Phase three (2013-2014) included the creation of the Faculty Center,[18] to provide spaces for faculty to relax and collaborate with colleagues. It also included the creation of GroupSpot, a collaborative digital classroom – the first of its kind on UTSA's campus. The 100-seat classroom allows students to work in small groups on individual laptops while using shared computer monitors to collaborate on projects.[9]

Faculty Center

The Faculty Center located on the 4th floor of the JPL
The Faculty Center located on the 4th floor of the JPL

Occupying 4,600 square feet on the fourth floor of the John Peace Library, the Faculty Center is a collaborative effort of three independent campus units: The Office of the Vice Provost for Academic and Faculty Support, UTSA Research and the UTSA Libraries. The Faculty Center serves as a centralized clearinghouse for all professional development resources for faculty available at the university.[10]

The center's physical features include a conference room, five breakout rooms, a digital studio,[19] and a casual seating area for informal collaborations. Faculty Center events include orientation and cohort-building sessions for new faculty, workshops on best teaching and research practices, formal and informal mentoring programs, and consultations and support for faculty.[20]

Special Collections

The Special Collections Reading Room located on the 4th floor of the JPL
The Special Collections Reading Room located on the 4th floor of the JPL

UTSA Libraries Special Collections builds, preserves, and provides access to distinctive archival, photographic, and printed materials, with a particular emphasis on documenting the diverse histories and development of San Antonio and South Texas.

Strengths of the collections include the history of the African American and LGBTQ communities in the local region, the history of women and gender in Texas, Mexican-American activism and advertising, the Tex-Mex food industry, and urban planning. The collections are open to both academic and casual researchers.

Several collections have been partially or fully digitized, allowing researchers to search, view and download materials from UTSA’s Digital Collections website.

Included in these collections are materials from the Institute of Texan Cultures, UTSA's cultural heritage museum noted for its rich photography archive, as well as the university's own historical archives.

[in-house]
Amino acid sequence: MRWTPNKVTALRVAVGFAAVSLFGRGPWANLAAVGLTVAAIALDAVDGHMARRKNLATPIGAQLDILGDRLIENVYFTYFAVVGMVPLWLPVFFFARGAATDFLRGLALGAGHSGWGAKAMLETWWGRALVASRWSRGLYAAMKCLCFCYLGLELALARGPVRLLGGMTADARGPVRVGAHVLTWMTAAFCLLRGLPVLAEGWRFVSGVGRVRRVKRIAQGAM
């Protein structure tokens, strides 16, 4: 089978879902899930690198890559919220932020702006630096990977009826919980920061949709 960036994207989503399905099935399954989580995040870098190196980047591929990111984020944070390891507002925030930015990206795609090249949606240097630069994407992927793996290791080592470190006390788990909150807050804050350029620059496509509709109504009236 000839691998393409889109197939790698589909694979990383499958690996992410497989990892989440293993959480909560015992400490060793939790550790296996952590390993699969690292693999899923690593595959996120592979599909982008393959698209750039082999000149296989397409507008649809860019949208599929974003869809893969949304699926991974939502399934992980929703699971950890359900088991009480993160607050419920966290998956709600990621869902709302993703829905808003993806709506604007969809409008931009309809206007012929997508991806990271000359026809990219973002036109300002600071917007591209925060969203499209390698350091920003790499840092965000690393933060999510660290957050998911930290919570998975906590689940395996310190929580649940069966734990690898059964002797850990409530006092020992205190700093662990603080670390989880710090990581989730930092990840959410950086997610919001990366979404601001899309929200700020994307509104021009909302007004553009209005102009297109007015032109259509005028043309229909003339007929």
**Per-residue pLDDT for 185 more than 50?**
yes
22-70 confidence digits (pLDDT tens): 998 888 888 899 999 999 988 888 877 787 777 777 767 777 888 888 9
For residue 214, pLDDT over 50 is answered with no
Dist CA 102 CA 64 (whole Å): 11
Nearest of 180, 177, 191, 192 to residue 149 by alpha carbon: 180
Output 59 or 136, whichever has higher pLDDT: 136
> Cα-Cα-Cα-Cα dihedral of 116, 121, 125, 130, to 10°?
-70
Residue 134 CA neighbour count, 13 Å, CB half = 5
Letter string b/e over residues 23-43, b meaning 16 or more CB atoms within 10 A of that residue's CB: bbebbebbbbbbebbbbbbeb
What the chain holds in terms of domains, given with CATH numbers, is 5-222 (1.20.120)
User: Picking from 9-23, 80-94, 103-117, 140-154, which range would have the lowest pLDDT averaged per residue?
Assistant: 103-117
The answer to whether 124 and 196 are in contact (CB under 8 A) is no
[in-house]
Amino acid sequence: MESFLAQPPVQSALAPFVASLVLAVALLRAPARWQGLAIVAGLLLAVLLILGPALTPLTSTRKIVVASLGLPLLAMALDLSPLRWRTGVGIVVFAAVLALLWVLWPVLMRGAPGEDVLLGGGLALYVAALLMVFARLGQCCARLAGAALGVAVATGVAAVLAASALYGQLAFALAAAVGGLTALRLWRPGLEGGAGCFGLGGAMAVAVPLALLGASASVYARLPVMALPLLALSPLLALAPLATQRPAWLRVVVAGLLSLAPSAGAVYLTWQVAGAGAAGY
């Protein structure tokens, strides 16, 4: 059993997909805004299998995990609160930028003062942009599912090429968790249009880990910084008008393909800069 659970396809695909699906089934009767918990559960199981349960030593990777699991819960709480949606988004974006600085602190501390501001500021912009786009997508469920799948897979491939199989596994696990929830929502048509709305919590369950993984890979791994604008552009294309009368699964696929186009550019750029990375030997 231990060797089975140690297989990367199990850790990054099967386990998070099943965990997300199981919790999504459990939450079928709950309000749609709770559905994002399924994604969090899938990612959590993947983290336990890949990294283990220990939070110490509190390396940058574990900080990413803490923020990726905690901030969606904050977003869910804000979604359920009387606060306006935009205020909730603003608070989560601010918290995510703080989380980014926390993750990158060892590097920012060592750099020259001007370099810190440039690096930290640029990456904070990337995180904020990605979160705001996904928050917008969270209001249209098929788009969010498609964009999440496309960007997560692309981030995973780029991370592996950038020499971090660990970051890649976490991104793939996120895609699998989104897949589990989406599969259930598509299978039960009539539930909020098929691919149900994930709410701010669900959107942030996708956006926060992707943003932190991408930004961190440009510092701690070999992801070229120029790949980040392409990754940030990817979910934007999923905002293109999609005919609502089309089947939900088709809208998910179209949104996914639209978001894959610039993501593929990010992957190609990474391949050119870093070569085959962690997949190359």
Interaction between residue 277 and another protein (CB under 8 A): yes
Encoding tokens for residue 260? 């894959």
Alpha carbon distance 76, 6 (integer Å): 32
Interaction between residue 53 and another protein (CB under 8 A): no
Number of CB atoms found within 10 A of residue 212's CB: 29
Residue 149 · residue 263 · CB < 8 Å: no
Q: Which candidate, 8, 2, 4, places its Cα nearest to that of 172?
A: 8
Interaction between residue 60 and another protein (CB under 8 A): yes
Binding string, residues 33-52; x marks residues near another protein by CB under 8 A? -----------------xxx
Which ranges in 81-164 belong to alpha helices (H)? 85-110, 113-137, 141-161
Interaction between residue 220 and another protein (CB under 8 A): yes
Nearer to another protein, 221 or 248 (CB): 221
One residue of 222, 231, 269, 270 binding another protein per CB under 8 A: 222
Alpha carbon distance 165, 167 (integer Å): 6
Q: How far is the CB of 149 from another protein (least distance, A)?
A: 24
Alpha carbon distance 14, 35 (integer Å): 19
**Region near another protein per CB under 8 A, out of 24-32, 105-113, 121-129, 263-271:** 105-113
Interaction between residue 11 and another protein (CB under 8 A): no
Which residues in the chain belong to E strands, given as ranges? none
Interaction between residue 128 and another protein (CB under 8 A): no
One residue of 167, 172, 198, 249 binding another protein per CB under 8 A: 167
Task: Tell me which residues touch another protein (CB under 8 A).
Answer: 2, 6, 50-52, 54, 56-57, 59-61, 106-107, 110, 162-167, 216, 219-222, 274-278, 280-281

Digitized Collections Include

Virtual Exhibits

Gebhardt Mexican Foods Company Collection

Special Events




  1. ^ a b c Peters, A (2009). "John Peace Library Opens for Business". The Top Shelf.
  2. ^ Schoensee, R (2015). "UTSA Libraries Partner with HathiTrust a Collaborative Repository". UTSA Libraries.
  3. ^ Federal Depository Library Program
  4. ^ UTSA Libraries About Page
  5. ^ "Library Quick Search Keeps Getting Better". UTSA Libraries (2015).
  6. ^ a b Schoensee, R (2014). "John Peace Library Completes Five-year Renovation Project". UTSA Libraries.
  7. ^ Laurel, L (2015). "Art to Inspire: Paintings Donated by AT&T Enrich the John Peace Library". UTSA Libraries.
  8. ^ a b UTSA Libraries 2015 Annual Report
  9. ^ a b Schoensee, R (2014). "UTSA Libraries Opens GroupSpot". UTSA Libraries.
  10. ^ a b "Faculty Center Now Open". UTSA Libraries (2014).
  11. ^ Schoensee, R (2014). "Downtown Library Opens Quiet Computing Area". UTSA Libraries.
  12. ^ Downtown Campus Library Main Page
  13. ^ 2010. "A Texas Library Without Books", The New York Times, WK4.
  14. ^ Kolowich, S (2010). "E-learning: University of Texas home to library without books", USA Today.
  15. ^ Sharnberg, K (2013). "Nation's First Bookless Library On University Campus is Thriving at UTSA". UTSA Libraries.
  16. ^ Peters, A (2009). "UTSA John Peace Library renovation celebration is Tuesday, Dec. 1", UTSA Today.
  17. ^ Peters, A (2010). "Phase two of John Peace Library renovation to be completed by November". UTSA Today.
  18. ^ UTSA Libraries 2013 Annual Report
  19. ^ "Spotlight: The Faculty Center's Digital Studio". Faculty Center (2015).
  20. ^ Faculty Center About Page
  21. ^ Schoensee, R (2014). "UTSA Libraries Receives John Cotton Dana Award". UTSA Libraries.

External links

This page was last edited on 17 August 2020, at 23:11